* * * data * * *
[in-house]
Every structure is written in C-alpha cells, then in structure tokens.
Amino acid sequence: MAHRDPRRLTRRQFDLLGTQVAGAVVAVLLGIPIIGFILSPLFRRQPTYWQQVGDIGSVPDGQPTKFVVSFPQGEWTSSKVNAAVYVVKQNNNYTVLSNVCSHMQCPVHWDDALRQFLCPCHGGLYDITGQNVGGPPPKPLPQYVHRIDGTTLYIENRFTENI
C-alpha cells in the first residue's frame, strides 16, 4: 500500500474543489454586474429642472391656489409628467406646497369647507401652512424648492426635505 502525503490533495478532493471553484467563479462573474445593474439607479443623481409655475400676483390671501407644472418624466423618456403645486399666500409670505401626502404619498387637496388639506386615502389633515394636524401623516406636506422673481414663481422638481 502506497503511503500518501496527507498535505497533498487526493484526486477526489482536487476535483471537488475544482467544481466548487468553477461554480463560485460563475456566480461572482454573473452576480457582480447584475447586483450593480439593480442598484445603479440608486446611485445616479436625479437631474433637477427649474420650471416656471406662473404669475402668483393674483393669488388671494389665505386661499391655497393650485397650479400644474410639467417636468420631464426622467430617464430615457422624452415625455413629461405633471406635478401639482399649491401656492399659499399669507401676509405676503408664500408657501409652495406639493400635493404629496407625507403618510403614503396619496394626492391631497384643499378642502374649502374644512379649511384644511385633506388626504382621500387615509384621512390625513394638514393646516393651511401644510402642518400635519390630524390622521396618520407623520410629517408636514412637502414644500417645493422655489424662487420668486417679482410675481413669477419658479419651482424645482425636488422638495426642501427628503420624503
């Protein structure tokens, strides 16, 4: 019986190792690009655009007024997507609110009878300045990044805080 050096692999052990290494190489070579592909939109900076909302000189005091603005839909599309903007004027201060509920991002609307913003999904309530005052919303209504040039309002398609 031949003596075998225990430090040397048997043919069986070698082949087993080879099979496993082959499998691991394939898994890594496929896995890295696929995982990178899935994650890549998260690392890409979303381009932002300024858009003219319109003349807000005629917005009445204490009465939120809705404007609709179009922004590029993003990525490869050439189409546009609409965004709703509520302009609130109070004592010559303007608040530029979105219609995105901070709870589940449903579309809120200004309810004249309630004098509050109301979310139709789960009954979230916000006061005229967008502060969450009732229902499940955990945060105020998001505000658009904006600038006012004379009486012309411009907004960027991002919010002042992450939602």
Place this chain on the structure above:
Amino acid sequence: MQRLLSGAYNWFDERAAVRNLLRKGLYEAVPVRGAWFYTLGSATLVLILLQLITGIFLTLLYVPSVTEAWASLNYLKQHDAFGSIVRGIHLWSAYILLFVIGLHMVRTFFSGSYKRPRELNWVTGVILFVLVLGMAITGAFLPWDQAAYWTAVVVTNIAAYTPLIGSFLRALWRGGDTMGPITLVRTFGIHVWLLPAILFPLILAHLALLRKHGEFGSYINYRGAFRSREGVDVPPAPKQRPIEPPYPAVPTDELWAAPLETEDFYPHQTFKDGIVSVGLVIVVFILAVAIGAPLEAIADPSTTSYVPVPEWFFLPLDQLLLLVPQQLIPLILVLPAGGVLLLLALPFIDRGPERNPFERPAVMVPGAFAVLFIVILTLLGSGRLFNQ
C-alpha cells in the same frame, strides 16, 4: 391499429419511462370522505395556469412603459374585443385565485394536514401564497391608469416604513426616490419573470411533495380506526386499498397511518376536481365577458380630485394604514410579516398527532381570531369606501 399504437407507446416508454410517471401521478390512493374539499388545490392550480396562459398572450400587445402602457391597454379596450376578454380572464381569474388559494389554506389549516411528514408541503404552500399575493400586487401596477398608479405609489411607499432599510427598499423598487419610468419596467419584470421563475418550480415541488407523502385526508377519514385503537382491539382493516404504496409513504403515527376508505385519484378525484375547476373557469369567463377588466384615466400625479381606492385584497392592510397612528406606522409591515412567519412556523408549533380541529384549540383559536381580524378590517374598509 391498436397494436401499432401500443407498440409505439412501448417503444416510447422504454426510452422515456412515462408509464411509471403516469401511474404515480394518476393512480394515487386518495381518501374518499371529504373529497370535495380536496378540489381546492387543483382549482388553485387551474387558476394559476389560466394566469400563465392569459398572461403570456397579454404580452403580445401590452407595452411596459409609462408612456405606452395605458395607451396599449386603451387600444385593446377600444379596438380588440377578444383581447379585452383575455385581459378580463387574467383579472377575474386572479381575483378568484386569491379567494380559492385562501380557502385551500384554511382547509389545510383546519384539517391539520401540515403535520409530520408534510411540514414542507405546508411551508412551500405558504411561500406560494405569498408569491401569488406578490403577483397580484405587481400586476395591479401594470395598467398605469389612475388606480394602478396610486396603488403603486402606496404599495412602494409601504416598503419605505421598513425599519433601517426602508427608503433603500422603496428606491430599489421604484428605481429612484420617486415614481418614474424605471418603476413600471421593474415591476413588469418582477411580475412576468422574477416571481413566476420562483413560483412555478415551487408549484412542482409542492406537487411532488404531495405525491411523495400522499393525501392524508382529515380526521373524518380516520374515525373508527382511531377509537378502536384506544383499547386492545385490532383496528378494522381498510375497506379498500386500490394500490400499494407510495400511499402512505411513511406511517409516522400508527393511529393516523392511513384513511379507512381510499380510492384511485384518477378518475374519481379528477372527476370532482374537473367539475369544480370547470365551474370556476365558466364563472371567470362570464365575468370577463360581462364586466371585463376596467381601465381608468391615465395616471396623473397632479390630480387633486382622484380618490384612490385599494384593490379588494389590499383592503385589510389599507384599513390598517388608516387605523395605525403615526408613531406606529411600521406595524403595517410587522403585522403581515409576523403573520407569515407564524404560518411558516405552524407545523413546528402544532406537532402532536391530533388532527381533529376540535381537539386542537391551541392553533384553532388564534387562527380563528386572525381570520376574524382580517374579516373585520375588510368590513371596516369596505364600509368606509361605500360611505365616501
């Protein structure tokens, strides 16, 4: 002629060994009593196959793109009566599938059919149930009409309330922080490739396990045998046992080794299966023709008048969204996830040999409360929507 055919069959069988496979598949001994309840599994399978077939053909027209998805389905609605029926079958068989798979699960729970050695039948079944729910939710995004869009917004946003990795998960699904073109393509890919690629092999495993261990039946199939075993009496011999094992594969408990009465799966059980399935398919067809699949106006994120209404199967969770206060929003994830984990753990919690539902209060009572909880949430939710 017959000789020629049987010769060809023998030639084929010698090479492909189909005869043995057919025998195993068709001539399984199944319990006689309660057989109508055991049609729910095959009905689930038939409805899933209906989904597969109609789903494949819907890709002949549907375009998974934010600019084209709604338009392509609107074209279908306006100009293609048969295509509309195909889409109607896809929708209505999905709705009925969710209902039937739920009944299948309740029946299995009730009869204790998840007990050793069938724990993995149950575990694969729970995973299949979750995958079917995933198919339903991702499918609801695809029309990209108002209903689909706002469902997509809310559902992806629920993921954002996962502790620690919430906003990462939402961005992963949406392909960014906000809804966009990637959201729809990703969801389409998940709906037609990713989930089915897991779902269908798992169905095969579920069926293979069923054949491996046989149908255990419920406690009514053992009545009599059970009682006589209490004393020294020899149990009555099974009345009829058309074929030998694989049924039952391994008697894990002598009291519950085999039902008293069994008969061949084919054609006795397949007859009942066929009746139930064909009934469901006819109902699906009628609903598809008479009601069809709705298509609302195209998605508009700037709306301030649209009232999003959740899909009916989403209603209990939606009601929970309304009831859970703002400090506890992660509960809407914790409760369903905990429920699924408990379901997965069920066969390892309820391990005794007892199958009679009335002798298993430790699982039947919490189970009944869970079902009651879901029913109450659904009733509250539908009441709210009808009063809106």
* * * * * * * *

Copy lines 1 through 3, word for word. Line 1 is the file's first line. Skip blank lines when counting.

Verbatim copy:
[in-house]
Every structure is written in C-alpha cells, then in structure tokens.
Amino acid sequence: MAHRDPRRLTRRQFDLLGTQVAGAVVAVLLGIPIIGFILSPLFRRQPTYWQQVGDIGSVPDGQPTKFVVSFPQGEWTSSKVNAAVYVVKQNNNYTVLSNVCSHMQCPVHWDDALRQFLCPCHGGLYDITGQNVGGPPPKPLPQYVHRIDGTTLYIENRFTENI